Should I kill myself or have a cup of coffee?
He looked like Humphrey Bogart, terribly attractive. He could have become an actor, but he didn’t. Instead he became one of the most popular voices of existentialism, a philosopher, writer, and journalist.
Adam Gopnick wrote in an article in the New Yorker a decade ago, Facing History – Why we love Camus, that a person who met him on his one trip to New York, in 1946, when asked what he was like, said, “All I can tell you is that Camus was the most attractive man I have ever met.”
The man himself wrote from New York to his French publisher, “I can get a film contract whenever I want,” joking a little, but only a little.
Looks matter. Think Instagram.
Gopnick reminds us that Camus never asked the Anglo-American liberal question: How can we make the world a little bit better tomorrow? He asked the grander French one: Why not kill yourself tonight?
We are all Sisyphus, he said in his 1942 essay, the Myth of Sisyphus, condemned to roll our boulder uphill and then watch it roll back down for eternity, or at least until we die. Learning to roll the boulder while keeping at least a half smile on your face—“One must imagine Sisyphus happy” is his most emphatic aphorism—is the only way to act decently while accepting that acts are always essentially absurd.
He describes the absurd condition that we build our life on as our hope for tomorrow, while, at the same time, tomorrow always brings us closer to death. For Camus, the absurd arises when the human need to understand meets the unreasonableness of the world.
Camus believes that the absurd can never be permanently accepted, nor resolved, it requires constant confrontation, constant revolt. The contradiction must be lived; reason and its limits must be acknowledged, without false hope. The absurd does not require suicide. It requires revolt.
All this echoes in my mind. There is a lot I recognise.
While there are certainly differences, for me Camus’ thoughts connect, to an extent, with those of Edith Eger and Viktor Frankl. It’s the idea that we cannot change the world, nor those who are sharing it with us.
Nonetheless, we have to keep pushing the boulder up that hill. With a smile on our faces. There is no choice and no way out.
Today, Pádraig and his wider family had lunch in the Constitution Room of the Shelbourne Hotel. No better place to remember his grandaunt who had died during COVID without her family being able to say goodbye. She was a great believer in Irish independence and freedom. And the Shelbourne played an important role on that journey. She would have been in her element today.
We had lunch in the room where exactly 100 years ago, between January and March 1922, Irish Patriots drafted the country’s constitution which later became a model for other states declaring their independence from the United Kingdom, including countries as far away as India. The table, the chairs, the room itself were renovated but never changed substantially. Some chairs, like the one used by Michael Collins, were left untouched. A facsimile of the Constitution is on display. – In other countries, this room be a museum.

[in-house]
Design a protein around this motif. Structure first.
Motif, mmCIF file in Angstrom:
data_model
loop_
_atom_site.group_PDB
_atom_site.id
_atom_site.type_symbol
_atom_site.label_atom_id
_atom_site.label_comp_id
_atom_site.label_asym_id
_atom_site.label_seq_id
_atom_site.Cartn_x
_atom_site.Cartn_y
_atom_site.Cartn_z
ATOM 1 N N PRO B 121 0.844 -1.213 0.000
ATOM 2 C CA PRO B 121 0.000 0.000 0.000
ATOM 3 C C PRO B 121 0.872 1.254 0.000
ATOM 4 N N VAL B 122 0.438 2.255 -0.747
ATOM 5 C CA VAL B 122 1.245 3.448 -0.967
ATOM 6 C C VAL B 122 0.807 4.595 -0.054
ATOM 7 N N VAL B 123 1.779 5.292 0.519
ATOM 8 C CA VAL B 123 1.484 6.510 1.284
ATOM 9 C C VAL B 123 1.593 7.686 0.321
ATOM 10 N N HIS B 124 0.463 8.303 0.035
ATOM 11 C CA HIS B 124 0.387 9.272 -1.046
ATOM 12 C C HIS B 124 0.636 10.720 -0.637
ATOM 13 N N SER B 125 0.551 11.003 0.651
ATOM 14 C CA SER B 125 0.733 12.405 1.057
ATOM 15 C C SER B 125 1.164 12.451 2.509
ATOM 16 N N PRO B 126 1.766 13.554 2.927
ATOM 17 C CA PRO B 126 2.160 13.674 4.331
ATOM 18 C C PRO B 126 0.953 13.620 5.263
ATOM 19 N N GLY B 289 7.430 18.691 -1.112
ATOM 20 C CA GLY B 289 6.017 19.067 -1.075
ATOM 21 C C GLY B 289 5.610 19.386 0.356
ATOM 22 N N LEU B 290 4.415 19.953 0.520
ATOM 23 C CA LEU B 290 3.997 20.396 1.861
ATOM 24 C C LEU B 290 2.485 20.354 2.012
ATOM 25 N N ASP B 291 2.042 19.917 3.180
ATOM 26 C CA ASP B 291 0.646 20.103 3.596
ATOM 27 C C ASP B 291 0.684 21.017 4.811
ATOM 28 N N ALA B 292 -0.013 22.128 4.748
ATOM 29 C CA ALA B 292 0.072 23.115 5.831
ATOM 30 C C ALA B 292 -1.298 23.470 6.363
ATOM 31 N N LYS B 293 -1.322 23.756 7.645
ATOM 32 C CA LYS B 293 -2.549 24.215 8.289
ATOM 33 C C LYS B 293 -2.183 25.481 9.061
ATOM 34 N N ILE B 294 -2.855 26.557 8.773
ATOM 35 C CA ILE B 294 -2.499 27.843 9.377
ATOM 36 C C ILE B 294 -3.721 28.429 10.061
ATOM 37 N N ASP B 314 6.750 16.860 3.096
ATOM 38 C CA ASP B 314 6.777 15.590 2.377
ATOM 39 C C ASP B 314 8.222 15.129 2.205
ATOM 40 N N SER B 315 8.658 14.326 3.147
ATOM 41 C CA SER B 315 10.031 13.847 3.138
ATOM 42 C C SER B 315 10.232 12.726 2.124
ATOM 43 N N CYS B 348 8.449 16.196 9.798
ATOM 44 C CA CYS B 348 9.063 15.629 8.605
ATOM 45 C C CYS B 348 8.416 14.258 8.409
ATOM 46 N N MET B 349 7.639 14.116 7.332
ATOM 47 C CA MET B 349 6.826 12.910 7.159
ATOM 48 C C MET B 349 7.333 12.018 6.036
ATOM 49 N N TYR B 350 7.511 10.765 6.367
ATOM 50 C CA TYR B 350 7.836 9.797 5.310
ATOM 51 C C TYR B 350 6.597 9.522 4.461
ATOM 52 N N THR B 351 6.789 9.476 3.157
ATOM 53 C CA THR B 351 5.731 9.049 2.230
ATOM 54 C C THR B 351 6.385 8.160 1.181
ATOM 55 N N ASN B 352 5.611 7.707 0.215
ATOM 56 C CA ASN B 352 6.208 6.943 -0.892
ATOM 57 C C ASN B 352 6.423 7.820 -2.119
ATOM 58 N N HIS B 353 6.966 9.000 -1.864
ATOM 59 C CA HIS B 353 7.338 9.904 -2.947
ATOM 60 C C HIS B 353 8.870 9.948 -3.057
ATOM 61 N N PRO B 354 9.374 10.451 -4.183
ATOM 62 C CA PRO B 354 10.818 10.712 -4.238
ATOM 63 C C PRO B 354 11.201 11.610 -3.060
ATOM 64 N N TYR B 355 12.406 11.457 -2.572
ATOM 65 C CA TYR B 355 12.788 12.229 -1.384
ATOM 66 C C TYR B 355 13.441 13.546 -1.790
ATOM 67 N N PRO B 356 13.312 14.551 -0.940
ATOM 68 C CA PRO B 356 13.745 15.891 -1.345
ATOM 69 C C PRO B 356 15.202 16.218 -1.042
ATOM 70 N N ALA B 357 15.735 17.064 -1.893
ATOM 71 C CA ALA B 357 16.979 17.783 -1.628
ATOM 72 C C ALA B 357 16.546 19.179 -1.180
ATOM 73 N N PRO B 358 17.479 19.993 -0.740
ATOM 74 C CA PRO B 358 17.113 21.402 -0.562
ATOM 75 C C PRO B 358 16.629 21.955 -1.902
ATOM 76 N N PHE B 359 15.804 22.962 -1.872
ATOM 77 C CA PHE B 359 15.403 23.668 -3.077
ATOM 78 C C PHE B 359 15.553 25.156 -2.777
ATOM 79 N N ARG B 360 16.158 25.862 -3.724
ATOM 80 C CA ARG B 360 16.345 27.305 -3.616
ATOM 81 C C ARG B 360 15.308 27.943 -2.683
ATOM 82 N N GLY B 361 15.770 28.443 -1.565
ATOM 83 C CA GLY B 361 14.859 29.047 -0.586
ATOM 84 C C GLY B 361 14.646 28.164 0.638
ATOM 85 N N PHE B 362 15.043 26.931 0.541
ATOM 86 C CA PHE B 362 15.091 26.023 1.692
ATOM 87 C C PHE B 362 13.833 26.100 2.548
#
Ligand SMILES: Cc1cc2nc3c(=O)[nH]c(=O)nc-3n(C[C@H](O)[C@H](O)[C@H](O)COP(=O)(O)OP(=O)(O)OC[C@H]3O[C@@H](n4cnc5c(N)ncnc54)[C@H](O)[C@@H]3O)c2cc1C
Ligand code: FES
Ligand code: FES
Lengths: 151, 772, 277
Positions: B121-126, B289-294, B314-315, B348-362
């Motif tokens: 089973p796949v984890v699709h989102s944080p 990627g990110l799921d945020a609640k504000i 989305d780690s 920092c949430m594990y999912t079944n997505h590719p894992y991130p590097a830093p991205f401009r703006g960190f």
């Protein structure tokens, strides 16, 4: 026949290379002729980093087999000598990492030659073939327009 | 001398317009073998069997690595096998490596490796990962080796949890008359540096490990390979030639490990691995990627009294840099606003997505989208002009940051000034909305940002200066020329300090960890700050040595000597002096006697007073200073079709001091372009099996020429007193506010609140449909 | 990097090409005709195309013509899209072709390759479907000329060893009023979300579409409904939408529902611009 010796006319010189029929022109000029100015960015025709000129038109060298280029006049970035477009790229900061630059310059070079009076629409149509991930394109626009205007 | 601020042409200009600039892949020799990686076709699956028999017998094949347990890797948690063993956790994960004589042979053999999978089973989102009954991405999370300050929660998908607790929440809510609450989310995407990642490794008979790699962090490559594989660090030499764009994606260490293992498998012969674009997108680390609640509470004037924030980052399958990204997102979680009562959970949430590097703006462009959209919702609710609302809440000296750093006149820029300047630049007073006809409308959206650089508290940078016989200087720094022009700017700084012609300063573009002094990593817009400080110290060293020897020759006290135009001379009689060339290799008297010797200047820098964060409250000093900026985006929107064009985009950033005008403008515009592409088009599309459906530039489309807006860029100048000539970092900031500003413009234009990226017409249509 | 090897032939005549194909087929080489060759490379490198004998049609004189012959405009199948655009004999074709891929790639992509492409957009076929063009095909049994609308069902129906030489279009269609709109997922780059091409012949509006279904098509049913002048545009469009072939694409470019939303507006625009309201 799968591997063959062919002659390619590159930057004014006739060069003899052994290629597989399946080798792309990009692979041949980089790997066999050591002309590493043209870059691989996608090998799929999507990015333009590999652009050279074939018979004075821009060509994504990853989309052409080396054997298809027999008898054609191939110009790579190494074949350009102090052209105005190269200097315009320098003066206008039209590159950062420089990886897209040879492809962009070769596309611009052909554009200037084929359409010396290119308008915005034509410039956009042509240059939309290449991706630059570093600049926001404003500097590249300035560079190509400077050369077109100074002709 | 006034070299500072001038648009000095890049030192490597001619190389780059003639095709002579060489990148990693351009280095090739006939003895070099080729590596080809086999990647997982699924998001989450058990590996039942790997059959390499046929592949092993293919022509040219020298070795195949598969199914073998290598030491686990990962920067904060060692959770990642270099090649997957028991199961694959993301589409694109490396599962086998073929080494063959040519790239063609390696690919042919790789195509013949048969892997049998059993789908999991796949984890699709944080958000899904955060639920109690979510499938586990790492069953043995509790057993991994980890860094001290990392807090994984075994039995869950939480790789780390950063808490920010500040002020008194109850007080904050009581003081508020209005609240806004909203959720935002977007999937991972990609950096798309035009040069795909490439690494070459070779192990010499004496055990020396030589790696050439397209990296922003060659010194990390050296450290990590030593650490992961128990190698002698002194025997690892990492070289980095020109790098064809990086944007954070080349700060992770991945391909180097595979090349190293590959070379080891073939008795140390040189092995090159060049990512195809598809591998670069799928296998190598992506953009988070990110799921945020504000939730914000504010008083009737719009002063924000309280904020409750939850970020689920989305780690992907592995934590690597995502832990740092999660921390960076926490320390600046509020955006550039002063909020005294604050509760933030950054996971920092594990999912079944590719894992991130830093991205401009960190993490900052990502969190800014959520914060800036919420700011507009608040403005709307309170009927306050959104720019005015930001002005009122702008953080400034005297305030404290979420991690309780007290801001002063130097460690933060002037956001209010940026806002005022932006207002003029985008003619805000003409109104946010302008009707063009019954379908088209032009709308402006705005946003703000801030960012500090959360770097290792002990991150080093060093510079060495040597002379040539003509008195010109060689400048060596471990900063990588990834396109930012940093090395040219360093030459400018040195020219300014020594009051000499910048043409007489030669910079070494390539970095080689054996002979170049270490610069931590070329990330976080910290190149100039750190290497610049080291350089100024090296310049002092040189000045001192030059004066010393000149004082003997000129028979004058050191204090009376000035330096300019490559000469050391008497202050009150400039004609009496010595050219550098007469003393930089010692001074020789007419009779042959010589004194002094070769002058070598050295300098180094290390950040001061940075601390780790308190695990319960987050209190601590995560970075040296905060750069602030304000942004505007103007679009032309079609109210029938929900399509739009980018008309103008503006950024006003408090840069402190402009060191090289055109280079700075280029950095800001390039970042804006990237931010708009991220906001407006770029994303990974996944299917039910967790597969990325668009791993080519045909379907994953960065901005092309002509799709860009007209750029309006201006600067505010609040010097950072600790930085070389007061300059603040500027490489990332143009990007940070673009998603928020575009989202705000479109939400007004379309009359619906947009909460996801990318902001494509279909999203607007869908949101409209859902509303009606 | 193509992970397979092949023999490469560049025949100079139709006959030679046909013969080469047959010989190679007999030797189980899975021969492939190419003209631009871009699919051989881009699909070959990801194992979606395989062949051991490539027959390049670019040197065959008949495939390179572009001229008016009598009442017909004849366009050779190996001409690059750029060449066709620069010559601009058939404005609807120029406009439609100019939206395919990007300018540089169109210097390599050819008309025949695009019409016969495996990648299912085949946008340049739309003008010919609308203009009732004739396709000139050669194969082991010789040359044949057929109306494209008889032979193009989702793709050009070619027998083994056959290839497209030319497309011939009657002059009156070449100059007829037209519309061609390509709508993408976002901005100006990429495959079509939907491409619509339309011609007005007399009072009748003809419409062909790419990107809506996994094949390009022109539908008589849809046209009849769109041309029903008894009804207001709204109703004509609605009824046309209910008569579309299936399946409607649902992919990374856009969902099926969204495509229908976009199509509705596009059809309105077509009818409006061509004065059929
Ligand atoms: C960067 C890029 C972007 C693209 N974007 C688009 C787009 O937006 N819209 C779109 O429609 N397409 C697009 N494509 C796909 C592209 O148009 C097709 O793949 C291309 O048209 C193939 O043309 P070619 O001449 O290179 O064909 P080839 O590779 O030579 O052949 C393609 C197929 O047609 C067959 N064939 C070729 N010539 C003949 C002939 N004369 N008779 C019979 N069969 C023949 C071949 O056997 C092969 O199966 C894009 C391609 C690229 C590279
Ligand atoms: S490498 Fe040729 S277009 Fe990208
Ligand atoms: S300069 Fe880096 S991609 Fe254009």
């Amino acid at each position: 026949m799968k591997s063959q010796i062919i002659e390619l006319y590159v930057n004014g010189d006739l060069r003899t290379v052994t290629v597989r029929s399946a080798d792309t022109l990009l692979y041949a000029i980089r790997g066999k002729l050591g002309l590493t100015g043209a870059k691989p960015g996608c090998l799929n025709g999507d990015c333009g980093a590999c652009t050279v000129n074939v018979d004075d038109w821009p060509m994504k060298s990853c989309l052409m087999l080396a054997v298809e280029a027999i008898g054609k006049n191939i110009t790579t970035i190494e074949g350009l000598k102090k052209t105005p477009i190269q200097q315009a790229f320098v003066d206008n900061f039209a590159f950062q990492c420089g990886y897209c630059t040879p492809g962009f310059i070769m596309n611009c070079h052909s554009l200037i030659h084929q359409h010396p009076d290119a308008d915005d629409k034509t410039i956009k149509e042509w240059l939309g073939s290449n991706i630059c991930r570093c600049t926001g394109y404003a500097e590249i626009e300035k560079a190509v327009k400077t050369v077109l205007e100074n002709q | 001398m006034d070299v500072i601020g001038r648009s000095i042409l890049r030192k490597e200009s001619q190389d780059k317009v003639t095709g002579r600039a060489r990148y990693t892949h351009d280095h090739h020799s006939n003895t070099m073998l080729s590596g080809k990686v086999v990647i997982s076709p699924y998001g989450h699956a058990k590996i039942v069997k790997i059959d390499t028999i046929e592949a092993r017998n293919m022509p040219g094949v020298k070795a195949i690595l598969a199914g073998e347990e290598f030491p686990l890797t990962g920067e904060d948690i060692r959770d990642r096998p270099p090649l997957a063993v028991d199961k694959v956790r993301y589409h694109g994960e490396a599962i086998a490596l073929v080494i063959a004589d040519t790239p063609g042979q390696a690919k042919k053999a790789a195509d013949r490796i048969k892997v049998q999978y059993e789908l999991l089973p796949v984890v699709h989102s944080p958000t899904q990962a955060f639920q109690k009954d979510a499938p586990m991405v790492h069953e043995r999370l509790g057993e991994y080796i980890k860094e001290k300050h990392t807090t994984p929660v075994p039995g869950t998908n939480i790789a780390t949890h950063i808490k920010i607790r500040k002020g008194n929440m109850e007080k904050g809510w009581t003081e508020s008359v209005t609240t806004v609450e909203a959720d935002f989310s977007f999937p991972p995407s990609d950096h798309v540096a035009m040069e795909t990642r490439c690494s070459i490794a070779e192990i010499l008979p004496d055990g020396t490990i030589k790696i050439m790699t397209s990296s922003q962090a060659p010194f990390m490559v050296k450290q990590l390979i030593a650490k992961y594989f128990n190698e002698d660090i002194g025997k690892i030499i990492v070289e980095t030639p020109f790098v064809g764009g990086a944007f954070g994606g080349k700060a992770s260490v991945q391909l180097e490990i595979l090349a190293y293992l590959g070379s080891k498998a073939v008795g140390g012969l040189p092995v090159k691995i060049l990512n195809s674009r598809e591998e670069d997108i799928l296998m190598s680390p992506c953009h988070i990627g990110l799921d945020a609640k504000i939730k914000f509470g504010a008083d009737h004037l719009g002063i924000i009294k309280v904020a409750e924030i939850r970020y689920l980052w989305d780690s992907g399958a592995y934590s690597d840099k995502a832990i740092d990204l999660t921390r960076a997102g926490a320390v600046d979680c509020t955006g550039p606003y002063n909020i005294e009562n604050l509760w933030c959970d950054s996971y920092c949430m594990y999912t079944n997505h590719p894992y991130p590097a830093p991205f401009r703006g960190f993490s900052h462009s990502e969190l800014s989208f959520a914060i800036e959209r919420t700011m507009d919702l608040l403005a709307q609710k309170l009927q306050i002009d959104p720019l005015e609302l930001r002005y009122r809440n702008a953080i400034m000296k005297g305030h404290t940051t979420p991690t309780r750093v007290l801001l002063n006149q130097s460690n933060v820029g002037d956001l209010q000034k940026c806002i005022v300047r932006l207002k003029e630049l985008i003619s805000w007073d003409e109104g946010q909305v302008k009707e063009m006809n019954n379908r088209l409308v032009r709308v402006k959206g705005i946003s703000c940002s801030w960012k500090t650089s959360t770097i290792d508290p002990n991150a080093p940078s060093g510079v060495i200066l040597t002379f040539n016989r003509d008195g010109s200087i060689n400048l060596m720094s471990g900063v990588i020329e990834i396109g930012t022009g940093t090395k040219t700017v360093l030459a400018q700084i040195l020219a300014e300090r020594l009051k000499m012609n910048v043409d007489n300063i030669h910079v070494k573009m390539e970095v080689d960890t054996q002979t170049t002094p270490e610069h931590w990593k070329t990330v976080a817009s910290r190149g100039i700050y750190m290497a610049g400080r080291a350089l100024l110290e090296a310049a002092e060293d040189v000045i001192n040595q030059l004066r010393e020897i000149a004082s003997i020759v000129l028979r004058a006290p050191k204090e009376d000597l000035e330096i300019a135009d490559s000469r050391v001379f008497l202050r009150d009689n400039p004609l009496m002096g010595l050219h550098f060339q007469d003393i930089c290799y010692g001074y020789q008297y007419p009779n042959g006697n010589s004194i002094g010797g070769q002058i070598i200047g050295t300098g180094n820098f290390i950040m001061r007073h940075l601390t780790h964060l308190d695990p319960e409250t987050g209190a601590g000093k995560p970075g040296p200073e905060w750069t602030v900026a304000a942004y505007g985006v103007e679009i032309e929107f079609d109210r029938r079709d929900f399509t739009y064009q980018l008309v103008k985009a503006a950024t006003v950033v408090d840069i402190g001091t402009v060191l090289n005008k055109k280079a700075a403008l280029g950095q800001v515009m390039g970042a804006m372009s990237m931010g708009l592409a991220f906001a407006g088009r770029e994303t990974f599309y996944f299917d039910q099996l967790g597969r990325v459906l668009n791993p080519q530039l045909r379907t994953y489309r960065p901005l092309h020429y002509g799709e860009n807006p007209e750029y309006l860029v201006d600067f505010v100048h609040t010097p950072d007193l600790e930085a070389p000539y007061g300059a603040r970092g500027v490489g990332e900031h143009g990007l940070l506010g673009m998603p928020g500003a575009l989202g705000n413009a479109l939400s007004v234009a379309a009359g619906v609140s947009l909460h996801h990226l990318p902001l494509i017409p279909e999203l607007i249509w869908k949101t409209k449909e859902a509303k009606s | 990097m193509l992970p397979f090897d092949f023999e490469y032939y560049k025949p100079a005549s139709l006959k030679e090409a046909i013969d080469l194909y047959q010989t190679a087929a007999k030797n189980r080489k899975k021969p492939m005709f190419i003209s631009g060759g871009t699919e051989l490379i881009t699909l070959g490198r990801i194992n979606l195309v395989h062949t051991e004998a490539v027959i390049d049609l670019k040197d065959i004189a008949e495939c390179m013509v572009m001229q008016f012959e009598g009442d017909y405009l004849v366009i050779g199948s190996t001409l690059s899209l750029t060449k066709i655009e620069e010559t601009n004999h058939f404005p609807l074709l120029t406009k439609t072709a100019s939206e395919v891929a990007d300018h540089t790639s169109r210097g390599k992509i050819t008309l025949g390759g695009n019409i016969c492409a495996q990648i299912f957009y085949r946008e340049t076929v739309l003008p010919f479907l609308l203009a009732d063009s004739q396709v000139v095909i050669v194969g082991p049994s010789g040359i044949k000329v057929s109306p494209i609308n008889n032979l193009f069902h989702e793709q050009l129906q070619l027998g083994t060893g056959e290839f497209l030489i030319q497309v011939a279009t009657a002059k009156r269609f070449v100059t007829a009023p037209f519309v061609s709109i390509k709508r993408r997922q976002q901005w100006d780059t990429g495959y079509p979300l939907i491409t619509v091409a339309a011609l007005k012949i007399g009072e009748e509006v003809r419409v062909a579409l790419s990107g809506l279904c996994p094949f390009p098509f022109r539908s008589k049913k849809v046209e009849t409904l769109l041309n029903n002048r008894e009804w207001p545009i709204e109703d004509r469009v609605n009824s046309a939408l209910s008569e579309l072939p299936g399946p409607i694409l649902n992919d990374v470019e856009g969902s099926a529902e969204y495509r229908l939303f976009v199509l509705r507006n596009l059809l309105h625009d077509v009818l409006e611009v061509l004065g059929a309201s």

It was the first time in many years we all met. A really enjoyable afternoon, with many stories to catch up on. A fitting day to remember Pádraig’s grandaunt.
I want to mention a few things that became clearer to me in the past week in relation to the progress Pádraig has been making over the past months and years.
He is now able to reliably press a switch not just with his left foot or the fingers of his left hand, but also with his left knee. Using a three-button mouse, three fingers of his left hand can click the mouse switches independently and reliably (though we haven’t found an app that he could control with these switches). He should be able to use two or three switches at the same time now – a challenge for the near future. When we were helping him recently with eating some pretzels, he stuck a finger into one, lifted his hand up to his mouth, took the pretzel off his finger and ate it. No help required. At mass, he opens his hand, receives holy communion, and brings his hand up to his mouth. When he washes his hands, he picks up the soap floating in a bowl and squeezes the soap to wash his hands. He opens up a belt around his chest when he is ready to get out of his wheelchair. When I sit him up to prepare for the transfer from bed to wheelchair, he now nearly pulls his body up himself. He also pushes his body up from the floor during transfer to assist. He has travelled around Europe and the US. Most days, he ‘cycles’ around 5k using the MotoMed (no motor). He ‘walks’ around 1.3k using the Lokomat. He understands four languages, can read and respond to pretty complex quiz questions using a switch, he spells words using morse code, and keeps himself and us entertained with his tongue in cheek sense of humour. He is the best informed member of our household in relation to current affairs.
It all happened over a period of time. But when I look at it all together, take stock, and compare this with his condition from where he started following his accident, what he has achieved is truly phenomenal.
And above all, he is ok with his life. He smiles. He likes a cup of tea, rather than coffee.
Here are two more of Camus’ quotes.
“In the end one needs more courage to live than to kill himself” and “The only way to deal with an unfree world is to become so absolutely free that your very existence is an act of rebellion.”
Let’s be courageous. Let’s be free. Let’s rebel.
And let’s have a cup of coffee, tea, or whatever you’re having.